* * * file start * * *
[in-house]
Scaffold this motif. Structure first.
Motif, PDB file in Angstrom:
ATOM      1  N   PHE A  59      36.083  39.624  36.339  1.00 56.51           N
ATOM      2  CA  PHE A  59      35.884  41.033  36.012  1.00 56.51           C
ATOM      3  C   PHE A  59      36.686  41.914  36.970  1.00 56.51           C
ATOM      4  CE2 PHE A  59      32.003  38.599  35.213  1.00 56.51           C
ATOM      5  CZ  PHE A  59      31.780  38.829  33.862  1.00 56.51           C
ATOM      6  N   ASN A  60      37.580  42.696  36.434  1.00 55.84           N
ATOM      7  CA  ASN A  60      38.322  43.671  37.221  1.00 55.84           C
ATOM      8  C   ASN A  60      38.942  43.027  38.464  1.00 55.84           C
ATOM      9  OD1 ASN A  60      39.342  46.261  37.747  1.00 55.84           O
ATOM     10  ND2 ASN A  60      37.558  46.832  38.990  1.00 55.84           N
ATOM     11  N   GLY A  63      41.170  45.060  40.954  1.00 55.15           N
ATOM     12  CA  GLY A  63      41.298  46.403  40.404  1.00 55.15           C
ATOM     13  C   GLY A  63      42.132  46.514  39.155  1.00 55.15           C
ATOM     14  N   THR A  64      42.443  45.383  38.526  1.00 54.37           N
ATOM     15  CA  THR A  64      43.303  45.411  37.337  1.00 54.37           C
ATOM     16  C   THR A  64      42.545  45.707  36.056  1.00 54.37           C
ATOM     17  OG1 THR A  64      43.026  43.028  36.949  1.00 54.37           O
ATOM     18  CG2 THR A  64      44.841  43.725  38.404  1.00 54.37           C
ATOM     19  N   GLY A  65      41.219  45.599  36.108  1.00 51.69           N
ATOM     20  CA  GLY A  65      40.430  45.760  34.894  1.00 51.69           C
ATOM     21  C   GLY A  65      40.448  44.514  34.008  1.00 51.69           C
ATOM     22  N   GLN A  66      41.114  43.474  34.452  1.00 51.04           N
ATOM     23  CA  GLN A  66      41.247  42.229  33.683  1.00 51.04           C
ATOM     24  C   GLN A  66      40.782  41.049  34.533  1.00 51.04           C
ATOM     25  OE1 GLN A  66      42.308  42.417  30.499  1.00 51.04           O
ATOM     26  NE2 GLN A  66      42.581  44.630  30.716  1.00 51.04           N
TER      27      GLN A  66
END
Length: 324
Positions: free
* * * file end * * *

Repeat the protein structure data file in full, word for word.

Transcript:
[in-house]
Scaffold this motif. Structure first.
Motif, PDB file in Angstrom:
ATOM      1  N   PHE A  59      36.083  39.624  36.339  1.00 56.51           N
ATOM      2  CA  PHE A  59      35.884  41.033  36.012  1.00 56.51           C
ATOM      3  C   PHE A  59      36.686  41.914  36.970  1.00 56.51           C
ATOM      4  CE2 PHE A  59      32.003  38.599  35.213  1.00 56.51           C
ATOM      5  CZ  PHE A  59      31.780  38.829  33.862  1.00 56.51           C
ATOM      6  N   ASN A  60      37.580  42.696  36.434  1.00 55.84           N
ATOM      7  CA  ASN A  60      38.322  43.671  37.221  1.00 55.84           C
ATOM      8  C   ASN A  60      38.942  43.027  38.464  1.00 55.84           C
ATOM      9  OD1 ASN A  60      39.342  46.261  37.747  1.00 55.84           O
ATOM     10  ND2 ASN A  60      37.558  46.832  38.990  1.00 55.84           N
ATOM     11  N   GLY A  63      41.170  45.060  40.954  1.00 55.15           N
ATOM     12  CA  GLY A  63      41.298  46.403  40.404  1.00 55.15           C
ATOM     13  C   GLY A  63      42.132  46.514  39.155  1.00 55.15           C
ATOM     14  N   THR A  64      42.443  45.383  38.526  1.00 54.37           N
ATOM     15  CA  THR A  64      43.303  45.411  37.337  1.00 54.37           C
ATOM     16  C   THR A  64      42.545  45.707  36.056  1.00 54.37           C
ATOM     17  OG1 THR A  64      43.026  43.028  36.949  1.00 54.37           O
ATOM     18  CG2 THR A  64      44.841  43.725  38.404  1.00 54.37           C
ATOM     19  N   GLY A  65      41.219  45.599  36.108  1.00 51.69           N
ATOM     20  CA  GLY A  65      40.430  45.760  34.894  1.00 51.69           C
ATOM     21  C   GLY A  65      40.448  44.514  34.008  1.00 51.69           C
ATOM     22  N   GLN A  66      41.114  43.474  34.452  1.00 51.04           N
ATOM     23  CA  GLN A  66      41.247  42.229  33.683  1.00 51.04           C
ATOM     24  C   GLN A  66      40.782  41.049  34.533  1.00 51.04           C
ATOM     25  OE1 GLN A  66      42.308  42.417  30.499  1.00 51.04           O
ATOM     26  NE2 GLN A  66      42.581  44.630  30.716  1.00 51.04           N
TER      27      GLN A  66
END
Length: 324
Positions: free